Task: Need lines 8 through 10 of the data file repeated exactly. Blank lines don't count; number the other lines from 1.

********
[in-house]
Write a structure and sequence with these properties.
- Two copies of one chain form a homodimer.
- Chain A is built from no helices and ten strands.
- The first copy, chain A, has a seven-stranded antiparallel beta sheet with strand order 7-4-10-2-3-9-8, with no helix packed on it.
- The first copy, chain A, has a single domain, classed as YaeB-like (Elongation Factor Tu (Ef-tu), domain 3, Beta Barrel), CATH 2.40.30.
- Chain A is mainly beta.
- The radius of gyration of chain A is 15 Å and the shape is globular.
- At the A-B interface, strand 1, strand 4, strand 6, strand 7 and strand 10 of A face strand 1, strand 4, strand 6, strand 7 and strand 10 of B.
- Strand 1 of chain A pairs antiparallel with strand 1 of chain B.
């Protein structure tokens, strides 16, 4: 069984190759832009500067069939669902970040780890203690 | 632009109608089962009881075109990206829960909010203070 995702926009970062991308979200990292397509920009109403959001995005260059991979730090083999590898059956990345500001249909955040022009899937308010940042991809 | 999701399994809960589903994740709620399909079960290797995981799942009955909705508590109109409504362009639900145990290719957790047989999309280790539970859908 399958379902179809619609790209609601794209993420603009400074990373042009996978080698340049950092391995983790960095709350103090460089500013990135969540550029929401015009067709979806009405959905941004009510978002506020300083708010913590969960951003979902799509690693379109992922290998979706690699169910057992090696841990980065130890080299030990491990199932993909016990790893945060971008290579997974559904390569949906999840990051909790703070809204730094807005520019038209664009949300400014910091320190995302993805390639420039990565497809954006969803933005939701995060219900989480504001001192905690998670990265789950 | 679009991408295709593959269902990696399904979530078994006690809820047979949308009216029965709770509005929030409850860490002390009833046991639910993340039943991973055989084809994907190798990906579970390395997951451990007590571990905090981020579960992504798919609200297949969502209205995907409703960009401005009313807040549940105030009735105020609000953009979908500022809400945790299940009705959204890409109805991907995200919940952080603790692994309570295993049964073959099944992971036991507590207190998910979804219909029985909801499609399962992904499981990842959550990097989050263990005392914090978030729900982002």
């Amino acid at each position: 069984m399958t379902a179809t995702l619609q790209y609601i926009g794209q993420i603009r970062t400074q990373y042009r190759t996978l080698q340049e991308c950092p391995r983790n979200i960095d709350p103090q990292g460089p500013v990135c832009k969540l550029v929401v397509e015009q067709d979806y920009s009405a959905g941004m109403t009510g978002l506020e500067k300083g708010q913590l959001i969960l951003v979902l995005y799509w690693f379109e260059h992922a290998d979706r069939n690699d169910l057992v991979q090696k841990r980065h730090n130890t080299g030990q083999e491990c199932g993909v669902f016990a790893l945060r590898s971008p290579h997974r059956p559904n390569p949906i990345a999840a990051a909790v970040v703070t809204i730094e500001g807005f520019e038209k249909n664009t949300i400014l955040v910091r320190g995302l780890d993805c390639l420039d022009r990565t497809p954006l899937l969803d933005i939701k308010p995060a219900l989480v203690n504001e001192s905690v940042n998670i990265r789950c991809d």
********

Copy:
- The radius of gyration of chain A is 15 Å and the shape is globular.
- At the A-B interface, strand 1, strand 4, strand 6, strand 7 and strand 10 of A face strand 1, strand 4, strand 6, strand 7 and strand 10 of B.
- Strand 1 of chain A pairs antiparallel with strand 1 of chain B.